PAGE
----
The Color Purple is most clearly about the transforming power of love; Celie, Shug, and many of the other characters grow and change after being loved and learning to love in return. After Celie has left Albert, he is loved and cared for by his son Harpo. Albert reflects on the way in which he has treated Celie and the lessons that he has learned from watching Celie and Shug together; he becomes more thoughtful and considerate as a result. Albert and Celie become friends in the end and sit on the porch together smoking pipes and talking; when Nettie and the children return, Celie introduces Albert, along with Shug, as “her people.”

Albert lets Celie teach him to sew and helps her to make the clothes that she sells; he is no longer afraid that he will lose his masculinity. Harpo has also learned to accept his “feminine” traits and is content to stay home and take care of the house and the children while Sofia manages Celie’s store. Sofia learns to control her desire to dominate everyone and everything and is able to accept help not only from Harpo but also from the mayor’s daughter, Eleanor Jane, who assists Harpo in taking care of the children. Along with Celie, both Sofia and Mary Agnes teach powerful lessons in forgiveness. As these women grow in their ability to love and accept themselves and others, they also learn to forgive themselves and others.

In teaching Celie to love, Shug has helped Celie not only to understand and accept her own individuality but also to broaden her conception of spiritual truth beyond that of the old, white-bearded, blue-eyed God that she has imagined and the narrow conception of the Bible as having been written by white people for white people. Shug’s conception of spiritual truth includes a God who is neither man nor woman, neither black nor white, but is in every living thing and in every human being. Shug’s God also appreciates sexuality and wants people to enjoy themselves. In faraway Africa, Nettie realizes that her traditional picture of Jesus is out of place in her hut in the Olinkan village, and she realizes that the roofleaf which protects the Olinkans is in a sense God to them. Both Celie and Nettie learn that God is not found in church, where people come to share God rather than to find him. An important part of spiritual growth for each individual is developing a unique, personally appropriate image of God, as well as unique, personally appropriate relationships. More spiritual sharing and loving kindness is shown in the juke joint that Harpo opens than in the local church. In the juke joint, Shug sings the song she had written for Celie, and Celie feels appreciated and special. On the other hand, at church Shug has been judged, condemned, and ridiculed.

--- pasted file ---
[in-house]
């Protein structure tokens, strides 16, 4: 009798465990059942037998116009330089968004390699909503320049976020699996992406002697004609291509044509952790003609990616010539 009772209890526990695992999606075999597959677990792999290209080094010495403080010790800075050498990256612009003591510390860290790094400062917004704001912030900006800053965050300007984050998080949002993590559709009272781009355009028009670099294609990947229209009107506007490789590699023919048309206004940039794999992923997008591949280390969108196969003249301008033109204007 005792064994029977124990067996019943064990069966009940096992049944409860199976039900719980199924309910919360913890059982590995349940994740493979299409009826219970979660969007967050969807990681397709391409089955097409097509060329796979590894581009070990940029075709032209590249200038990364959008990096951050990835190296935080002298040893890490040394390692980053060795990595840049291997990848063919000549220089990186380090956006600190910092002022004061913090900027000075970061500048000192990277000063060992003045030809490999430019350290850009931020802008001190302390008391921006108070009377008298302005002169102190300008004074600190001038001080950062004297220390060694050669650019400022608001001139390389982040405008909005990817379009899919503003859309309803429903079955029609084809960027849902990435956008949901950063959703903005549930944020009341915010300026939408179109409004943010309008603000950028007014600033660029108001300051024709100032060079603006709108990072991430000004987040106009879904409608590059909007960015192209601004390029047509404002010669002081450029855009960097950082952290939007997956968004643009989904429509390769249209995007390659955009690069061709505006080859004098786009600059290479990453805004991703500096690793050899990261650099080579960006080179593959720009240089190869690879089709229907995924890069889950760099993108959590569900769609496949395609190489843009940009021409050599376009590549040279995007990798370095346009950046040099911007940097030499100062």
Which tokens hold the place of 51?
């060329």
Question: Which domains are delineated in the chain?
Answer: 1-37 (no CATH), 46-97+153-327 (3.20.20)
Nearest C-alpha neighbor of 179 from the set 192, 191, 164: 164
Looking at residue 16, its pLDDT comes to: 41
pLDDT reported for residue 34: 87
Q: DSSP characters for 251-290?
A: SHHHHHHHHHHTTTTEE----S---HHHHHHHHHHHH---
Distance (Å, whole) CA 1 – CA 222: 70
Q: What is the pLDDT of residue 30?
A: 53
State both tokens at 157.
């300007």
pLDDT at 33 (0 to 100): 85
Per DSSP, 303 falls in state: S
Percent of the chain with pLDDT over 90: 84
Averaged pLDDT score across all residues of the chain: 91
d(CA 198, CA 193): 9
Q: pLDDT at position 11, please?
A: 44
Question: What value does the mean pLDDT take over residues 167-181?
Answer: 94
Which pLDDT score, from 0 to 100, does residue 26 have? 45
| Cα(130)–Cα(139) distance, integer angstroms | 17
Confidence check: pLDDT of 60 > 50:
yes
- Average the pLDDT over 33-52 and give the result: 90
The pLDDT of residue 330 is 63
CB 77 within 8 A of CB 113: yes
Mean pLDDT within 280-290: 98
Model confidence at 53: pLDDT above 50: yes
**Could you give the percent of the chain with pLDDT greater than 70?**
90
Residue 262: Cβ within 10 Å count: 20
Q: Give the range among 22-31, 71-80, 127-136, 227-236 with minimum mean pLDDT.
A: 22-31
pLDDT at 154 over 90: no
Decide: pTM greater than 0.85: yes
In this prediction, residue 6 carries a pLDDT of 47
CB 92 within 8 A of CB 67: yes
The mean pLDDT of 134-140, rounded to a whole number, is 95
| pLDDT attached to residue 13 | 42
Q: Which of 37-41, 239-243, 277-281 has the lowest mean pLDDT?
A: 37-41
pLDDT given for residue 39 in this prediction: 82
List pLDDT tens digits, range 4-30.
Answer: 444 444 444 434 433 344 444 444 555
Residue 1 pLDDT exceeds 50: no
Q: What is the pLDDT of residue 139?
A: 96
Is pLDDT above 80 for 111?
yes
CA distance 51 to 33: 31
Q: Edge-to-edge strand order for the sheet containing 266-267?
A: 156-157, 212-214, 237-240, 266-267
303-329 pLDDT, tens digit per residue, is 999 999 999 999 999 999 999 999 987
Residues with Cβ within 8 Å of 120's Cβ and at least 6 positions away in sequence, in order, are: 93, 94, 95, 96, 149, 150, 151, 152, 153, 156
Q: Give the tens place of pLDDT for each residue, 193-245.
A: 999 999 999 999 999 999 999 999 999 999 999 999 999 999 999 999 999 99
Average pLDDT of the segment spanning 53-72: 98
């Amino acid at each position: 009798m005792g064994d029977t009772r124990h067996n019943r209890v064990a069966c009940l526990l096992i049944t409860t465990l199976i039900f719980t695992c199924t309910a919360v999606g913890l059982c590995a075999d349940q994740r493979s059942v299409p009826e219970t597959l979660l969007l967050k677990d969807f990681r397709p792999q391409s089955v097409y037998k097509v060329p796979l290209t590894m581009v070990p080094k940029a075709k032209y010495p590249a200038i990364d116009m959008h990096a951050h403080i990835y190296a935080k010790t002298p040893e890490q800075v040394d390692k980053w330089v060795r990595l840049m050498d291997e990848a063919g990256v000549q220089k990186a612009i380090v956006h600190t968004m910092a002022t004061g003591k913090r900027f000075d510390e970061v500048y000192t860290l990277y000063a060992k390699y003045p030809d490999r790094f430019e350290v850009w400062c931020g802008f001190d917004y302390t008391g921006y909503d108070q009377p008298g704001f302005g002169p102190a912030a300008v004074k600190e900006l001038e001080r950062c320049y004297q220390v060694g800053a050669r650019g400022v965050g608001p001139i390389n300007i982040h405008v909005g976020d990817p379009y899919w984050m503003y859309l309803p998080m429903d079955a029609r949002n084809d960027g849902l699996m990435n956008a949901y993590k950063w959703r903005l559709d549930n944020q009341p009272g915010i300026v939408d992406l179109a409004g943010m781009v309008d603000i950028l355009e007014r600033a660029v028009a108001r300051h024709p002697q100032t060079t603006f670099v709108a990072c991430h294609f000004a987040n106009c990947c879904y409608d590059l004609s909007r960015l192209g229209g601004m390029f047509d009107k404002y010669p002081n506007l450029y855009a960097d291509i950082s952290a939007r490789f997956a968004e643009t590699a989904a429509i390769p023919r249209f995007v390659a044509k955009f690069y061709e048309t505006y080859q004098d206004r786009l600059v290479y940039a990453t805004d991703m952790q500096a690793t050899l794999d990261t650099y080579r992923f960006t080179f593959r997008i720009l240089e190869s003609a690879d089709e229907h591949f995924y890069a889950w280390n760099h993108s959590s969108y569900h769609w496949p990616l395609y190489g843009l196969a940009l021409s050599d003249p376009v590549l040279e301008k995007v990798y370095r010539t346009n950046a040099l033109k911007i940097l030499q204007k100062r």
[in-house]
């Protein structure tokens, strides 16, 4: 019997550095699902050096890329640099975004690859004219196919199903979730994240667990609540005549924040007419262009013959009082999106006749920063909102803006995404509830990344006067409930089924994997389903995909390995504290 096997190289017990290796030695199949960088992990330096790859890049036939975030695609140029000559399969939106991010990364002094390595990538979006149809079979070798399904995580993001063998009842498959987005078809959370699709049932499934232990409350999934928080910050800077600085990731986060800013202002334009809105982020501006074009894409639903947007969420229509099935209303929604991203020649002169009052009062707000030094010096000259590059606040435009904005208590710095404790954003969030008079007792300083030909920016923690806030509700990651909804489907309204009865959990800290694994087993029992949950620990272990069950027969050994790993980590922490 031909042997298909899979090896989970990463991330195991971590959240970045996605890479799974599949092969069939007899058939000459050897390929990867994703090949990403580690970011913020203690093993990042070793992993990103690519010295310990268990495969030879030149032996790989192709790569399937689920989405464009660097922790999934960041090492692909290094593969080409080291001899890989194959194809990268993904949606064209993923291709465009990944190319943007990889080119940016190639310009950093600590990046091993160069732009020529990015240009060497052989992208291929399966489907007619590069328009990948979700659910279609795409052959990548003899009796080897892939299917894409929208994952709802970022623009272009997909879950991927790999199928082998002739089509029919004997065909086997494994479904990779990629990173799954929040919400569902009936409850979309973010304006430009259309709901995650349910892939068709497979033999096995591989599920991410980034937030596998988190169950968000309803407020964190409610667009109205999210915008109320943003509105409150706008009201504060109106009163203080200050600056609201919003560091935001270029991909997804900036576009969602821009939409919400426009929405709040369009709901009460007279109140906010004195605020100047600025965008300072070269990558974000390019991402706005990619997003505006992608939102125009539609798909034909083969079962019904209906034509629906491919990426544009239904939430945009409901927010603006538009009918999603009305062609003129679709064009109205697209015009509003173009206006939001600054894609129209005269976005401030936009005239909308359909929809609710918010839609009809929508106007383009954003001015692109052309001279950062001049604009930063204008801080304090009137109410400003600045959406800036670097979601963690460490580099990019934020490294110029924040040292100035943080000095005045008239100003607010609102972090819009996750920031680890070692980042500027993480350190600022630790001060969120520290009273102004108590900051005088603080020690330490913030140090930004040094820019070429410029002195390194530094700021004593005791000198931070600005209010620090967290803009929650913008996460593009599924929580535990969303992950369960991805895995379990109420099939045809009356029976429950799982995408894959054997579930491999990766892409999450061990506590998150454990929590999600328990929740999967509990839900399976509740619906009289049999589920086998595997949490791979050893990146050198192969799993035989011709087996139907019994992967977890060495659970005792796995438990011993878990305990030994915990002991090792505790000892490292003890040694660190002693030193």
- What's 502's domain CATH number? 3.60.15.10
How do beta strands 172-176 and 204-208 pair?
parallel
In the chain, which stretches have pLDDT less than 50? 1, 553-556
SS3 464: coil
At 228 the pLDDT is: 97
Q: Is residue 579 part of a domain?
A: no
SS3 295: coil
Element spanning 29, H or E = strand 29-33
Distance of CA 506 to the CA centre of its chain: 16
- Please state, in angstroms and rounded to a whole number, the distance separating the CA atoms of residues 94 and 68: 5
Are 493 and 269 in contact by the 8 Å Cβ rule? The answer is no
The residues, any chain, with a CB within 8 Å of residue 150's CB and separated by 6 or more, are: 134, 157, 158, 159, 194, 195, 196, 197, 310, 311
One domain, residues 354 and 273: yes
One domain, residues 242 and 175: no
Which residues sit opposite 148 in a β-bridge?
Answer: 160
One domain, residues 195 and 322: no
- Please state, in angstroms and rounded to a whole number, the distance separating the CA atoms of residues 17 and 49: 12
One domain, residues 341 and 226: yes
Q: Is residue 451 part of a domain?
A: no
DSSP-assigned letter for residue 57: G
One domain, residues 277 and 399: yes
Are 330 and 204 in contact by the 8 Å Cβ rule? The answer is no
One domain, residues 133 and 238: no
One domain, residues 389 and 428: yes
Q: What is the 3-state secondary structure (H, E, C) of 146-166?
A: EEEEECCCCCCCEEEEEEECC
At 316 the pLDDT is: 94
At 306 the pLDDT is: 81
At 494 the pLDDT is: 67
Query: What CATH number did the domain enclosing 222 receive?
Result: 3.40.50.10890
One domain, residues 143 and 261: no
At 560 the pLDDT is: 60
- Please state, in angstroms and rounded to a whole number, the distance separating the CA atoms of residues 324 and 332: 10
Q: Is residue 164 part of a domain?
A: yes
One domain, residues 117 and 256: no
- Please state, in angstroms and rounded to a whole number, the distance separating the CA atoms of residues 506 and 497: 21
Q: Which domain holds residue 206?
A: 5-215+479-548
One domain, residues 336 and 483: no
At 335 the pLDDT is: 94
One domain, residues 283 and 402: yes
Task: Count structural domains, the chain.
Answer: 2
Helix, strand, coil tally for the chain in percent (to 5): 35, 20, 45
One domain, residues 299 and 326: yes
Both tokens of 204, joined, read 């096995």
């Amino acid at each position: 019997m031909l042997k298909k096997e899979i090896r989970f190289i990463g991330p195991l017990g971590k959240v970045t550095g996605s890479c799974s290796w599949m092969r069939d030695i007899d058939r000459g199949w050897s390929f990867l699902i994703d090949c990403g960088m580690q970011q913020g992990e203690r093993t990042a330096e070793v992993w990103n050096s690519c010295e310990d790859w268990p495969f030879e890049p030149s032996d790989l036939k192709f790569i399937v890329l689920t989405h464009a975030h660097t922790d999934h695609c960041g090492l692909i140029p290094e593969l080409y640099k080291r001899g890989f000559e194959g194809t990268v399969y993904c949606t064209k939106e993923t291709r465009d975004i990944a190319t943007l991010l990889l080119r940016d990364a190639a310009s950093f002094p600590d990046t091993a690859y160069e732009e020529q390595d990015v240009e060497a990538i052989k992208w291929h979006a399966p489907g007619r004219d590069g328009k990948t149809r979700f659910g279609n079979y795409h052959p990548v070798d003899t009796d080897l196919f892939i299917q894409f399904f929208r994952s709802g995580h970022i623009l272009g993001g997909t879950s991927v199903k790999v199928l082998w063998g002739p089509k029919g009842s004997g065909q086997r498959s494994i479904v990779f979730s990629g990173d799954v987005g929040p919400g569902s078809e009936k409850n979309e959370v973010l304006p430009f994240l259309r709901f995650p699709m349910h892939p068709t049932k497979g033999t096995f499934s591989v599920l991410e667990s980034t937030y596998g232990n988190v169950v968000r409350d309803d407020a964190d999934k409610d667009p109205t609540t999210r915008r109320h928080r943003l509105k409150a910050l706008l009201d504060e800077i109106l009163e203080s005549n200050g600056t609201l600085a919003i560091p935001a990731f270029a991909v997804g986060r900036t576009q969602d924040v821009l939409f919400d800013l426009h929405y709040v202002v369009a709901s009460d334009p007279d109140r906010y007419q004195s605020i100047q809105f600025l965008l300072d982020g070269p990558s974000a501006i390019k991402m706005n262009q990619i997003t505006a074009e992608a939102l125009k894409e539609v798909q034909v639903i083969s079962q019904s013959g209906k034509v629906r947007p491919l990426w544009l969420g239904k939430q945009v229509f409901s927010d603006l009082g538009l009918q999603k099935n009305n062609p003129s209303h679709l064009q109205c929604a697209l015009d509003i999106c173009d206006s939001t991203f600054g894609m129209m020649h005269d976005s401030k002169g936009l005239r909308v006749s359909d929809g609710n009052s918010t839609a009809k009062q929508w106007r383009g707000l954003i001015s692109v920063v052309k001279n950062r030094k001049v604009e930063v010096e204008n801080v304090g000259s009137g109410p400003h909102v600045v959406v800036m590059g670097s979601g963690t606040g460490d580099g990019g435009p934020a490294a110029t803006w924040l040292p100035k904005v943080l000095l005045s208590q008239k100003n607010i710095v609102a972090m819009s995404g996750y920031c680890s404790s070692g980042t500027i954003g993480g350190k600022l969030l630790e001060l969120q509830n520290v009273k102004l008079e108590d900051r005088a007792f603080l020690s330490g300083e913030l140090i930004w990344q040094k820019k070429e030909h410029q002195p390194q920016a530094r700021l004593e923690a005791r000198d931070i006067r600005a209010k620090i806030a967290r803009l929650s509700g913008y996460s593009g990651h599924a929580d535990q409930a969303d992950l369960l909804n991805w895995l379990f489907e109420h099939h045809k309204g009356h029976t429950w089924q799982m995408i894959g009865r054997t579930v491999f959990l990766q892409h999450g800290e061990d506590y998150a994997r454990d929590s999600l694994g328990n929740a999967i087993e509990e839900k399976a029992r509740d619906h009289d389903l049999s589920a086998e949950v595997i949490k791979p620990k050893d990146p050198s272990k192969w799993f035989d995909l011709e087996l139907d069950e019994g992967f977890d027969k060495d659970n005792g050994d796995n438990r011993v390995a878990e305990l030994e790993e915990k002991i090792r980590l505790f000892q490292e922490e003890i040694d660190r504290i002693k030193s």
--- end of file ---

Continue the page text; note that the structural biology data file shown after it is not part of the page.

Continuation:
Another equally important theme deals with the destructive effect of keeping a secret when telling the simple truth could save untold amounts of pain and suffering. Corinne finally learns that Nettie is Adam and Olivia’s aunt rather than their mother, as she had long assumed. She had already decided that Samuel was their father, as no one told her that Samuel had taken the children from Alphonso. Because she was not given an honest explanation, Corinne endured years of painful suspicion about Samuel and Nettie. Moreover, if Celie had realized that her real father was lynched by white people because of his success in managing his store and that Alphonso was her and Nettie’s stepfather, she would not have had to cope with the thought of incest.